Next year it appears our history students will be asked to take a Common-Core aligned history test. I've heard the opinions of parents and math teachers about the 2014 Common-Core aligned Algebra tests. In 2014, students took both the Common-Core aligned regents and the more traditional version. It's no surprise that students who scored in the high nineties on the traditional version ended up with a Common-Core grade in the seventies. Although I'm betting even native English speakers had trouble, I heard that the wordiness of many problems made the test especially hard for those who may know the math, but not the language.
So, what will be my tactic for preparing ninth-grade students for the Common-Core aligned 2016 Global History and Geography Regents? Should I start giving tests designed to fail students despite the fact that I learned my first year teaching that this is academically negligent? Should I start overwhelming them with readings that even an English-born student might find obtuse? Should I shock them into an Oxford-educated-level of vocabulary and focus on word power over the the impact of historical events? Should I flood them with facts to close down young minds?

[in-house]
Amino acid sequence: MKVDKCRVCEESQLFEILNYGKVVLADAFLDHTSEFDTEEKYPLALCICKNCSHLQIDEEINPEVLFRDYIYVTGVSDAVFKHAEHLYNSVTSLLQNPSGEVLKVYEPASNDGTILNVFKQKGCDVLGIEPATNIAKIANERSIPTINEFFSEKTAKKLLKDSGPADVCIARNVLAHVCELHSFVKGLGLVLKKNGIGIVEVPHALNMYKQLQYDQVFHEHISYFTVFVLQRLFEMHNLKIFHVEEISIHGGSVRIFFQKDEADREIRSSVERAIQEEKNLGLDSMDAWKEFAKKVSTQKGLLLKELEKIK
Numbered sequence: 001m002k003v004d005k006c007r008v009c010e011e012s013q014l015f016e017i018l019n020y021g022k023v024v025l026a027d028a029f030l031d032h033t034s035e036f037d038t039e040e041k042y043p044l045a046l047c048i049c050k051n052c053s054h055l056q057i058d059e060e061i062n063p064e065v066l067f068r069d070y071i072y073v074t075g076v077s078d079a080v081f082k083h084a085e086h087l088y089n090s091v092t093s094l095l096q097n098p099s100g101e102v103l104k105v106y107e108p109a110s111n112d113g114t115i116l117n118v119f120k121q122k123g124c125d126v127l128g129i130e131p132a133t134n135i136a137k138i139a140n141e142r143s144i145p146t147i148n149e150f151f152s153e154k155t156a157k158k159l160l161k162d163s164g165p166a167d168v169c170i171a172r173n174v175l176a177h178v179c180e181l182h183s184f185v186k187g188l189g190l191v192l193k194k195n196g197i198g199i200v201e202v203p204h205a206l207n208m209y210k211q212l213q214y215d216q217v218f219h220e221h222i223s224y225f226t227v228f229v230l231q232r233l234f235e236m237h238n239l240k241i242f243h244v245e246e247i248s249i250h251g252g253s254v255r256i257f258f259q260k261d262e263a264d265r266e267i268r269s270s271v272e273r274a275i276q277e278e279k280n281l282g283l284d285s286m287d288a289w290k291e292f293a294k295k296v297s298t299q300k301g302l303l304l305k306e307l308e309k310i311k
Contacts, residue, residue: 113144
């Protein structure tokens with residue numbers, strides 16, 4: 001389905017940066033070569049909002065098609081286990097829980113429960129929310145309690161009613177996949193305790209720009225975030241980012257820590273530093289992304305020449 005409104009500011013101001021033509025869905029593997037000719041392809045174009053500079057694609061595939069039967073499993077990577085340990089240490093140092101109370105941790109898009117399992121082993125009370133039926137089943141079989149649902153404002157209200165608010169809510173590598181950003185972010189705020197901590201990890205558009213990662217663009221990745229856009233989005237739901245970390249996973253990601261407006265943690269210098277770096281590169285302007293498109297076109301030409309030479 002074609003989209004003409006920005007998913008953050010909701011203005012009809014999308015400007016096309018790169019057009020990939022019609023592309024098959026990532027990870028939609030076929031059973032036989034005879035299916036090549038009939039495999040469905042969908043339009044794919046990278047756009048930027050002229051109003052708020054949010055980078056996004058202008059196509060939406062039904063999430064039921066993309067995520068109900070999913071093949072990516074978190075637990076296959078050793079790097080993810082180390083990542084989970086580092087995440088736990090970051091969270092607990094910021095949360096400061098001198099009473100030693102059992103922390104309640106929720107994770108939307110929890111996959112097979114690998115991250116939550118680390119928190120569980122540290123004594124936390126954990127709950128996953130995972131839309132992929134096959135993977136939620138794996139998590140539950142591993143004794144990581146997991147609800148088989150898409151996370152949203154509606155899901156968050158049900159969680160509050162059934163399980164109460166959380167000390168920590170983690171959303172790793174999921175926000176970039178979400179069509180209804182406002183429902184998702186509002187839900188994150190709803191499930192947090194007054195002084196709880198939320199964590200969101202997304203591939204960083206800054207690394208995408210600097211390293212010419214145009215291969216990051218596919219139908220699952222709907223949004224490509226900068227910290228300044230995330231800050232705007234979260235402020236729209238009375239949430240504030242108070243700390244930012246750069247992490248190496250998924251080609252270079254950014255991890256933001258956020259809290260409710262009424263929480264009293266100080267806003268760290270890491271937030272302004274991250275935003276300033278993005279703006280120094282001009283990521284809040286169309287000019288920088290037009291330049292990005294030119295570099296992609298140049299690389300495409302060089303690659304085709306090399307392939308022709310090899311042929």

I didn't become a teacher to make children hate school. Did you? I will teach much as I have always taught, trying to pull the critical issues that are still with us today out of ages long past. I will try to remember the things that have stuck with me over the years and aim to convey the type of lessons that instead of reinforcing failure provide the majority of students with the real possibility of success.
Just as the evaluation system in my school seems to ensure that most of us will always be rated merely effective, the Common-Core tests will ensure that the majority of my students fail. I could kid myself into believing that I'm working hard to help my kids pass or earn a highly-effective rating, but I know the cards have already been stacked against us. I won't buy into that system--even if it's on sale for a limited, one-time offer.